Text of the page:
Although the 5 traditional types of LI and its 16 variants have been known and published, dizziness/vertigo or migraine/headache as common vascular risk factors has attracted wide attention.11, 12, 13, 14, 15, 16 The present study confirmed that such nonfocal symptoms, including dizziness/vertigo or migraine/headaches, were the most common clinical symptoms in patients with LI. Furthermore, dizziness and headache were seen routinely in the LI patients and occurred with significantly greater frequency in LI sufferers than in patient controls (without LI). Motor weakness accounted for only a small percentage of patients, which differs from cumulative inpatient records.21 However, some epidemiological observations have confirmed a high prevalence of lacunar infarct or cerebral angiopathy in patients with headache or dizziness. 11, 12, 13, 14, 16, 22 Therefore, our neurology outpatient series showed that clinical types of symptomatic lacunar infarction in northern China have had new variant.
LI with transient symptoms (including local and non-local transient symptoms) occurred in 76.7% of patients. In earlier studies, patients experiencing transient symptoms with DWI-positive LI prompted the phrase “transient symptoms with infarction” (TSI).23 Small, acute infarcts that would otherwise go undiagnosed by CT or conventional MRI are detectable by DWI in approximately one-third of patients with TIAs.24 Current reports also specify that two-thirds of recent transient symptoms are accompanied by FLAIR-confirmed LI, which validates the TSI concept. In view of these findings, we offer two likely scenarios. Alternatively, it may be that either some lesions on FLAIR are asymptomatic LI, or the transient manifestation is triggered elsewhere in the vasculature of the brain, without demonstrable tissue change.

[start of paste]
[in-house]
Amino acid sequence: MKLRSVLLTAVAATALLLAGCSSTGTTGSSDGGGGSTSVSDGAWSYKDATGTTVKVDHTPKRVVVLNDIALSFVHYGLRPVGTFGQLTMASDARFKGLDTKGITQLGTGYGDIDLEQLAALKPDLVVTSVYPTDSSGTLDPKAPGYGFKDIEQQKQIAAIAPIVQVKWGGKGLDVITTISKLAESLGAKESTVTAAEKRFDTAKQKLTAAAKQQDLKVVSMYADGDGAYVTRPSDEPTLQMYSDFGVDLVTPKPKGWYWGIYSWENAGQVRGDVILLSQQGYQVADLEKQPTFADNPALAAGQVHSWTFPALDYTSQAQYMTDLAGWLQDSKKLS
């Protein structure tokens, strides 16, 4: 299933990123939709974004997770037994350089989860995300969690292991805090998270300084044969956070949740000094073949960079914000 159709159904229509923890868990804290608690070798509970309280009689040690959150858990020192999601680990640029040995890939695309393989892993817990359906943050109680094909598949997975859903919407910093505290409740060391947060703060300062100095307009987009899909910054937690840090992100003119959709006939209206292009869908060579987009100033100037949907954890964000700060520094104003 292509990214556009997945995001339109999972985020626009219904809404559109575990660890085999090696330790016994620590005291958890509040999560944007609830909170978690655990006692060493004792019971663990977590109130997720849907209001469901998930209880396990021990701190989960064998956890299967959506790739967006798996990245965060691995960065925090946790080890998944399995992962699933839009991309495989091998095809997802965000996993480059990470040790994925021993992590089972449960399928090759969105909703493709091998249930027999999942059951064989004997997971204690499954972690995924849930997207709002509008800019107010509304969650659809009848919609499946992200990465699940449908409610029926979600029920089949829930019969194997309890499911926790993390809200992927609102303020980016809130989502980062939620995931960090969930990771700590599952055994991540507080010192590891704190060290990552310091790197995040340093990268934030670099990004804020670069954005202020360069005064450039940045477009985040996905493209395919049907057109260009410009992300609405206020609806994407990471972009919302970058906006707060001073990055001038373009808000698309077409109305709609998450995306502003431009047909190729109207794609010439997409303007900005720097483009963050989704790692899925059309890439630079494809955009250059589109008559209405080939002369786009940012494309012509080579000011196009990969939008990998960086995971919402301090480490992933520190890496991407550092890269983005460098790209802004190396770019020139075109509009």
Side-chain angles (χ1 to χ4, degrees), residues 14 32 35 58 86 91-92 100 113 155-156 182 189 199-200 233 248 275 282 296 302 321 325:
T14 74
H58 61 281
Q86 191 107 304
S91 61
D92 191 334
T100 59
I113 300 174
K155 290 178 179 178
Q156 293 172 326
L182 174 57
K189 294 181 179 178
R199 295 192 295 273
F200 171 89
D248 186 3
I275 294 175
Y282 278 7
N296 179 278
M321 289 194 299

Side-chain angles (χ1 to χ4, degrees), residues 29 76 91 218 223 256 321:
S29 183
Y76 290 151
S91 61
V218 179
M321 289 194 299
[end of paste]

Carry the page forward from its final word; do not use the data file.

From our data, the full spectrum of variables analyzed, including history of hypertension, duration of hypertension, existing hypertension (proportionate), mABCD2 scores, and more, were significantly higher in patients with LI than in those without LI (P <0.05). Multiple logistic regression, incorporating these risk factors, found that only hypertension ≥3 years in duration and ABCD2 scores ≥4 were significantly and independently predictive of LI. Hypertension alone is a recognized risk factor for stroke,18, 19, 20, 25, 26 but our data indicates that long-term hypertension specifically is an early predictor of LI.
Some limitations of our study are conceded. Instances of unexpected stroke are often routed directly from an ambulance or emergency room to the ICU, especially when the consciousness or motor weakness is involved (not uncommon). 27, 28 This may account for the lower frequency of pure motor LI in our general neurology outpatients.
In conclusion, symptomatic lacunar infarcts have a very high prevalence in northern China and common type of symptomatic LI is nonfocal symptoms. Statistical analyses involving a host of variables established hypertension of long duration and high-risk ABCD2 scores as early predictors of LI.